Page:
Wednesday, August 3, 2016

EdFringe, Here We Come!

About the time this post hits goes live, Wendi and I will be settling into our first show at this year's Edinburgh Fringe Festival. Since this is our third EdFringe, you'd think we'd be pros by now at figuring out our schedules. And there are some theater companies/performers from years past whom we are seeking out. But with nearly 100 pages of theater offerings to choose from, the selection process continues to be daunting.  Here are a few of the shows I'm most looking forward to seeing.

Paines Plough, the UK's national theater of new plays, has consistently offered strong productions at EdFringe.And so there was no question that this year's line-up would be in our schedule. I'm most looking forward to "Growth" by up-and-coming UK playwright Luke Norris. As you might have gleaned by the promo, it's the story of a guy who had to have one of his balls cut off. (There's really no delicate way to say it.) While it sounds kind of grim, Paines Plough is a master at dealing with serious subjects with humor. I'm expecting it to be entertaining while raising some real issues.

The offerings at the Traverse, Scotland's new writing theater, were also a priority when working our calendar. Last year's shows at the Traverse were some of the most intense and dark theater we saw. And while I do love a good drama, I'm happy to see that this year's schedule includes a mix of comedy, drama and music, with a good amount of technology mixed in.

"In Fidelity"

I have high hopes for Rob Drummond's "In Fidelity." The Traverse program says of the show, "Part TED Talk, part theatrical experiment, In Fidelity combines evolutionary theory and a live onstage date." (Intriguing, right?) As research for his show, Drummond had an MRI of his brain and discovered that his ventromedial prefrontal cortex surged when looking at both pictures of his wife (good) and other pictures (potentially not so good). I can't wait to see how he's woven this information into his multi-media presentation.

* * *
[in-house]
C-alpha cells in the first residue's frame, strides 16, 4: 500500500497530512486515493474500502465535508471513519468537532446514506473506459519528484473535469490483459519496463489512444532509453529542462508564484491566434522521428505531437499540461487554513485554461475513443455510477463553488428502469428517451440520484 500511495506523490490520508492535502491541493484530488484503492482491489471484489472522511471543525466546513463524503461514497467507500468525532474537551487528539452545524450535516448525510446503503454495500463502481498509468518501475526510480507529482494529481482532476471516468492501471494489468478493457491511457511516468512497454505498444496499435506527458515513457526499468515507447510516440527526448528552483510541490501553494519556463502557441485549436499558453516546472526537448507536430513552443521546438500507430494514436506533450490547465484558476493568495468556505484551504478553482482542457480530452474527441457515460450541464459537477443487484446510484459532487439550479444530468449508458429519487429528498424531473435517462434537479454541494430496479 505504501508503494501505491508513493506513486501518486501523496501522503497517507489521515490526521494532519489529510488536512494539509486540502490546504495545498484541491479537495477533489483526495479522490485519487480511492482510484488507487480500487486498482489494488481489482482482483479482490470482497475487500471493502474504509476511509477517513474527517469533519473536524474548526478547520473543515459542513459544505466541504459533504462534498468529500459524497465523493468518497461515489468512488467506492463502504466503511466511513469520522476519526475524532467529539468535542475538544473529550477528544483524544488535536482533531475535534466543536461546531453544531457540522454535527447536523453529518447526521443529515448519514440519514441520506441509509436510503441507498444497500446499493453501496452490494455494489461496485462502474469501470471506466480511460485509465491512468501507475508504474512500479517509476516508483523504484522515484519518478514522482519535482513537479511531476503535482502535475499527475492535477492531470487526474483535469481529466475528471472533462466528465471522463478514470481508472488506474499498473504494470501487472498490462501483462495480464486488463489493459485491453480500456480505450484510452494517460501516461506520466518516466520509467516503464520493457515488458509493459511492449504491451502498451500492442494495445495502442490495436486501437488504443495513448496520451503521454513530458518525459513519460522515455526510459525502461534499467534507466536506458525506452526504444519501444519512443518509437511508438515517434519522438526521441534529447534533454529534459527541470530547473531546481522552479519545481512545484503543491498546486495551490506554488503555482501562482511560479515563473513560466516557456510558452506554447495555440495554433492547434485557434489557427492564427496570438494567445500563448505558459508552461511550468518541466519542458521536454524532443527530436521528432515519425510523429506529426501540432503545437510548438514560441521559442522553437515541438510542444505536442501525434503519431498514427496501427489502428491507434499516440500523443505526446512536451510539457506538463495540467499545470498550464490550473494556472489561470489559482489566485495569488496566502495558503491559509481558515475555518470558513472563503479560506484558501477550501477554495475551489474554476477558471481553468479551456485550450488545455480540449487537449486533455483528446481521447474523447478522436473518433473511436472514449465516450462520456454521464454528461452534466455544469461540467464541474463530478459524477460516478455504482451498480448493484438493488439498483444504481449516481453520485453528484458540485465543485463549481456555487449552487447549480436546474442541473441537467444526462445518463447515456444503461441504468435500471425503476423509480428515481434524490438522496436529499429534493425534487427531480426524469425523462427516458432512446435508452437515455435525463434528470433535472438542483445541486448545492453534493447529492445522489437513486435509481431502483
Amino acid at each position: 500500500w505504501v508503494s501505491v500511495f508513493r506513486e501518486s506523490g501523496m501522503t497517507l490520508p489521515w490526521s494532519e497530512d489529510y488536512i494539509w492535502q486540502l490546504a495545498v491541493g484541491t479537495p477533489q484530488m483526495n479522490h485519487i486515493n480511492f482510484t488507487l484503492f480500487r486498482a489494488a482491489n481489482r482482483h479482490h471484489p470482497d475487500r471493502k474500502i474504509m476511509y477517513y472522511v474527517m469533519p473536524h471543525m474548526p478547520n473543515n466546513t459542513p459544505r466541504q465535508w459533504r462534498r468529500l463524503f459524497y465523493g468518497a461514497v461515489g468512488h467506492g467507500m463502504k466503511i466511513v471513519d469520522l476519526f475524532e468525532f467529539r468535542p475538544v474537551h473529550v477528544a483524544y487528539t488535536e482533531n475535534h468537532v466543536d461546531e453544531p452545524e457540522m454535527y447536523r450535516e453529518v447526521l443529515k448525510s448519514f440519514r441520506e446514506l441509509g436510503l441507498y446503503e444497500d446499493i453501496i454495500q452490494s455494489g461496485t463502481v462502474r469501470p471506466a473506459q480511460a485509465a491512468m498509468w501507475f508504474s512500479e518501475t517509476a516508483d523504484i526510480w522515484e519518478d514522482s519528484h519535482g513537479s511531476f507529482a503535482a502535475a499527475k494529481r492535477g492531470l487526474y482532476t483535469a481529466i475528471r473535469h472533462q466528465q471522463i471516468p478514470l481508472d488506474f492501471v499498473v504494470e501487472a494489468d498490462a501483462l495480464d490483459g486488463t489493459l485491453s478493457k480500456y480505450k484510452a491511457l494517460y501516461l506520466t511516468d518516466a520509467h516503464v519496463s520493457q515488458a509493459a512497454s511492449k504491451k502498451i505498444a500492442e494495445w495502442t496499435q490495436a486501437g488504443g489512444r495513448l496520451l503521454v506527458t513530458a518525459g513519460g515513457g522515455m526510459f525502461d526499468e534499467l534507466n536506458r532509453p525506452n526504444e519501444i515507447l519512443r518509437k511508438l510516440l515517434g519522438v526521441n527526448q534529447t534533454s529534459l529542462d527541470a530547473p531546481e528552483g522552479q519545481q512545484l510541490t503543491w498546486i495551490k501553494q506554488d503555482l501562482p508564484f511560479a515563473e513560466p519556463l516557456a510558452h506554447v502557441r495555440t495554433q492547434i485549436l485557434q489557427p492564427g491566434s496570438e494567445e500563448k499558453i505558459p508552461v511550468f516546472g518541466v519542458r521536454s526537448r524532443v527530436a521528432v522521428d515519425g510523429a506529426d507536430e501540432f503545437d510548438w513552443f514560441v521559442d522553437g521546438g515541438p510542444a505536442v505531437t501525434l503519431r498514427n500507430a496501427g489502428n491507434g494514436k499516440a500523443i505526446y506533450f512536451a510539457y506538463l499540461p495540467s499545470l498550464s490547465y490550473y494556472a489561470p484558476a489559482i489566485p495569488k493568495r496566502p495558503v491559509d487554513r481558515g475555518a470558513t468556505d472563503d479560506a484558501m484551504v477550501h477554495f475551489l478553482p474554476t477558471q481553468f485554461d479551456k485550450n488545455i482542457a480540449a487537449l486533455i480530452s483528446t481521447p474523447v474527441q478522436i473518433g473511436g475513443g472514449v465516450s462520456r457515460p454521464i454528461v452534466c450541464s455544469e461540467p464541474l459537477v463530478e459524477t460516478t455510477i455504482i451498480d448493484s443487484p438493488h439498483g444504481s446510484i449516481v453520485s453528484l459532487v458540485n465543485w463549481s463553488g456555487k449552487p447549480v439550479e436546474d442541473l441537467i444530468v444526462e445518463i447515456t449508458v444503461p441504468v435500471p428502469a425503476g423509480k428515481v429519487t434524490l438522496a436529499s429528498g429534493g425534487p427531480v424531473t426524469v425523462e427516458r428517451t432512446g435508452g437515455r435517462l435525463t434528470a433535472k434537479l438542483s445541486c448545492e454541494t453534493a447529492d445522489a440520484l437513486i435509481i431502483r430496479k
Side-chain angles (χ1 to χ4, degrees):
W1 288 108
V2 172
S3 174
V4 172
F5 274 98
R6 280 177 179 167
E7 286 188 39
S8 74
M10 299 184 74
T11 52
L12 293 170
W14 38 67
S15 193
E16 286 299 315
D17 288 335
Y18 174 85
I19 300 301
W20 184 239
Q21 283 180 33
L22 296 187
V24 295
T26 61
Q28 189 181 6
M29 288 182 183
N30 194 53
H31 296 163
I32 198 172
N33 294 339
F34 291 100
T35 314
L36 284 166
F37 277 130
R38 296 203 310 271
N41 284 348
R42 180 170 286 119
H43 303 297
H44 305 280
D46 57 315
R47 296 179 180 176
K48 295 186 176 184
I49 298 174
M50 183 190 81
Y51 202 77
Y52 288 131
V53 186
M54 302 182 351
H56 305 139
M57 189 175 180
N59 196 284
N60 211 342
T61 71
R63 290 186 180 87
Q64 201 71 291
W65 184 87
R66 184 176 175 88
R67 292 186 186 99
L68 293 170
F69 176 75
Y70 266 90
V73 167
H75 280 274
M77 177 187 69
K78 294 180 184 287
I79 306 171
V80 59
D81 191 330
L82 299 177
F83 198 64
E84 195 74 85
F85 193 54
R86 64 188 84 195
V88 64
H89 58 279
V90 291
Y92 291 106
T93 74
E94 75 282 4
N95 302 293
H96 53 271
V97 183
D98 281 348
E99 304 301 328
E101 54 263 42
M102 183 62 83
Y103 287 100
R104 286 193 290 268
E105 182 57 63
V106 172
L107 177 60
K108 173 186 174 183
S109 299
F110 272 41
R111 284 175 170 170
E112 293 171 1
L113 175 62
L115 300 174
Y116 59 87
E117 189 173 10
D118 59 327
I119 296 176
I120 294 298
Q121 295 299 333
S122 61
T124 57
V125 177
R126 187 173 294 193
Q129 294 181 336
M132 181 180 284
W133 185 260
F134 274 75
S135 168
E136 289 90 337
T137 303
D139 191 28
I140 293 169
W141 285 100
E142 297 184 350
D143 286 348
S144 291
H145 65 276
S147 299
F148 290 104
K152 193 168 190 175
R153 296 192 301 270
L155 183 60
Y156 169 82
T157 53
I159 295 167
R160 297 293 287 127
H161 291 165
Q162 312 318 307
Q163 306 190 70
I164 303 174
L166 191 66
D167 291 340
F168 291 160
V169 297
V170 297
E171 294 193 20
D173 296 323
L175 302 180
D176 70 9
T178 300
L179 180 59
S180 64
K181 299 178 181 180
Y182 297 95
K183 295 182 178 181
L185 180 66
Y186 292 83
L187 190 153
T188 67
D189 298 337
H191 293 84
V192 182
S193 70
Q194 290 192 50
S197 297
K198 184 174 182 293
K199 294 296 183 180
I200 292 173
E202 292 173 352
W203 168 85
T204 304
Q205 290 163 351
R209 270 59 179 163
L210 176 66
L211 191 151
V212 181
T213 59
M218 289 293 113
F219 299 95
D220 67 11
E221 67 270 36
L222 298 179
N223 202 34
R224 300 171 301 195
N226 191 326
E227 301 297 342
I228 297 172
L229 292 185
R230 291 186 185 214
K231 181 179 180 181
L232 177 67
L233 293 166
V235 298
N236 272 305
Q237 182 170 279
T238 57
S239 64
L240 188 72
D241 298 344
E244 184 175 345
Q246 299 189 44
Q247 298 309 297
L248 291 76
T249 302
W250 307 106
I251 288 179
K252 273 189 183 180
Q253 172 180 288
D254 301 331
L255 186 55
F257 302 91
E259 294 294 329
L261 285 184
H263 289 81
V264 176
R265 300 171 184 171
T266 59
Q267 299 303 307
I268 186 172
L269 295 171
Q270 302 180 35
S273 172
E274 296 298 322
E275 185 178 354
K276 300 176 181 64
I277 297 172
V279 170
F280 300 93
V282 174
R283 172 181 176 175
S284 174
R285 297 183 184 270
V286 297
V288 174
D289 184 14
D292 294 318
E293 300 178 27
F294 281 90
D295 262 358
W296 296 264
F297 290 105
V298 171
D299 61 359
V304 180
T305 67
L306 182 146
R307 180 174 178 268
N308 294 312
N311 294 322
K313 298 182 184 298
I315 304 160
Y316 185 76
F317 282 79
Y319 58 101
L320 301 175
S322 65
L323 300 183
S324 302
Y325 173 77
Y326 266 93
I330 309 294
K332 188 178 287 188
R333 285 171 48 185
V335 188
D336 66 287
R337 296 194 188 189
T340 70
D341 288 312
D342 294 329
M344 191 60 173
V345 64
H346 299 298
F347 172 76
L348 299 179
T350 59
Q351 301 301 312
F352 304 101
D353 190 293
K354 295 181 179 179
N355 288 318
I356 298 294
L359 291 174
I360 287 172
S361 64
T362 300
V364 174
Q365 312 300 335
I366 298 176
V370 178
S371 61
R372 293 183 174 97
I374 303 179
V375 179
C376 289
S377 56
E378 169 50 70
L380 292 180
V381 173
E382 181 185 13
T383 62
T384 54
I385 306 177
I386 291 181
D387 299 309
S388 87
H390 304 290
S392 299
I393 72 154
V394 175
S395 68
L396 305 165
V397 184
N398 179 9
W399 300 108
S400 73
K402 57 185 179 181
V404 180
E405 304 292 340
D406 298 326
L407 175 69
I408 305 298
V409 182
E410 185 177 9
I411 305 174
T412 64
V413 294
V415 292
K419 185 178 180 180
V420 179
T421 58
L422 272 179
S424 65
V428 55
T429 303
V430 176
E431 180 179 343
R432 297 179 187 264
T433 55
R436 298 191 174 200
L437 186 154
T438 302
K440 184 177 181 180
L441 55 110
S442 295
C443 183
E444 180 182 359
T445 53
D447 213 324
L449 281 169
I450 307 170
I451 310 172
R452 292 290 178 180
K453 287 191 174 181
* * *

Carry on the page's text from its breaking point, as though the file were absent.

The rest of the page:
We couldn't resist a show that comes with a warning of "total blackouts, adult themes and scenes of a violent nature." "Cut" by Duncan Graham tells the story of a woman who, when pursued by a man, becomes both the hunter and the hunted. The description promises, "Part installation, part theatre poem, part noir thriller, prepare to be sealed into this intimate and unforgettable experience."  I am also preparing myself for things that go bump in the night. 

"One Hundred Homes"

"One Hundred Homes" is the type of theater I only see in Edinburgh. Yinka Kuitenbrouwer visited over 100 people and talked with them about their idea of "home." With the help of snapshots, quotes and biscuits (which I hope she shares), she will piece together a story based on these interviews. And here's the unique part -- the show will take place in a small wooden cabin built specifically for the occasion. 


One of the fun things about EdFringe is its variety. While Wendi and I focus primarily on theater, we do sprinkle some improv, music, circus, and dance into our schedule. This year our final booked show is Joli Vyann's "Imbalance."  It's an acrobatic dance piece that explores the impact of technology on our lives. Thanks to YouTube, we could check out what the show looks like before booking it.  (Click here to see a clip of the performance.)  It looks like a wonderful way to end this year's EdFringe experience.


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